While a pretty slow week on the economic data front, COVID concerns continued growing with record new cases across the U.S. Despite this, markets continued their upward trend with the S&P 500 up 1.76% on a total return basis. Next week Q2 earnings will be in the spotlight as big banks come out with their results. Expectations are fairly dismal, with the total S&P 500 earnings expected to be down nearly 45% and revenues down a bit worse than 10%. If the expected earnings decline is correct, it will be the largest year-over-year decline since 2008.
Jobless claims slightly improved from the week prior, but are still stubbornly high. Even more, attention may be paid here as more companies run out of cash from the PPP loans/grants established by the CARES Act as well the expiration of extended unemployment benefits due at the end of the month.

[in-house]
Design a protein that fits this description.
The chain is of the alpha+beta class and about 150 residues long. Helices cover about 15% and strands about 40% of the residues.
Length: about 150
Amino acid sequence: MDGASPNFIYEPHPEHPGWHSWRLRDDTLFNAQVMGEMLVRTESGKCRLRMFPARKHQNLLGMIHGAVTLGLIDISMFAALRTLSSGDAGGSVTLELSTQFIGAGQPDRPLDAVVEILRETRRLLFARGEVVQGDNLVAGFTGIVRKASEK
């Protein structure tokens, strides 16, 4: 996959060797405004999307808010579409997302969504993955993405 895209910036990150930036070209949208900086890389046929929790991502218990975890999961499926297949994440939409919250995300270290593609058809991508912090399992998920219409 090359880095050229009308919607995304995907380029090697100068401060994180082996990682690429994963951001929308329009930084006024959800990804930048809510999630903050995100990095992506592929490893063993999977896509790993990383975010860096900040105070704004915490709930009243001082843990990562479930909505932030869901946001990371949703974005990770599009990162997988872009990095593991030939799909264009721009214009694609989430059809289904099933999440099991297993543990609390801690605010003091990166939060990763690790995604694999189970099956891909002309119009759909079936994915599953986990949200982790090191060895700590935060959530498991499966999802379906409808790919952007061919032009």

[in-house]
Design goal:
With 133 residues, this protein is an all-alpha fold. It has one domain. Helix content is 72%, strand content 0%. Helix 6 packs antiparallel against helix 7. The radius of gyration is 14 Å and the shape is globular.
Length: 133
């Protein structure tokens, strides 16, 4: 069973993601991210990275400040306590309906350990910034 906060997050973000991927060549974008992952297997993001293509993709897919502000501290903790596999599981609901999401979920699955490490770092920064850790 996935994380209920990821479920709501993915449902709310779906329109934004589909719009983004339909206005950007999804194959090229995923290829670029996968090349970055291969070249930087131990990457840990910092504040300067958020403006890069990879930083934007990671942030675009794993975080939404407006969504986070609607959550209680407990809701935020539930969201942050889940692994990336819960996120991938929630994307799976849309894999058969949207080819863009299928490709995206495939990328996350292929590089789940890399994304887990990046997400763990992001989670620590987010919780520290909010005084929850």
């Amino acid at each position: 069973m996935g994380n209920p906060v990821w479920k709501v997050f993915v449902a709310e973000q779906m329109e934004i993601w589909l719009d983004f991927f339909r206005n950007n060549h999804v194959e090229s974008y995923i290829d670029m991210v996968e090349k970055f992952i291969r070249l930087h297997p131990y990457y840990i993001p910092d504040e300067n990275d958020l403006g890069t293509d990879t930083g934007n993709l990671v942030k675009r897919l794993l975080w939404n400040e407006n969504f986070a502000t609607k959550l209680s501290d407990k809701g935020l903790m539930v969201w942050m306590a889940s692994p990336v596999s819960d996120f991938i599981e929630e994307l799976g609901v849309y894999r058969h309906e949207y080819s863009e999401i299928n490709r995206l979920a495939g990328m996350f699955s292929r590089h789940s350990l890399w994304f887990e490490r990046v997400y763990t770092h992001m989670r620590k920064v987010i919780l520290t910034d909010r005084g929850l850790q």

Readings of the strength of the service sector are mixed, similar to manufacturing surveys earlier this year. Markit’s U.S. Service PMI remains well into a contractionary territory (46.9), while the ISM index jumped well into the expansionary territory at 57.1 (vs. 45.4 last month). Readings above 50 in each survey indicate expansion.
The Producer Price Index (PPI) unexpectedly declined last month. Expectations were for a 0.4% gain, which we saw in May as well. This was the fourth decline in five months, and further signals there is limited inflationary pressure in the economy.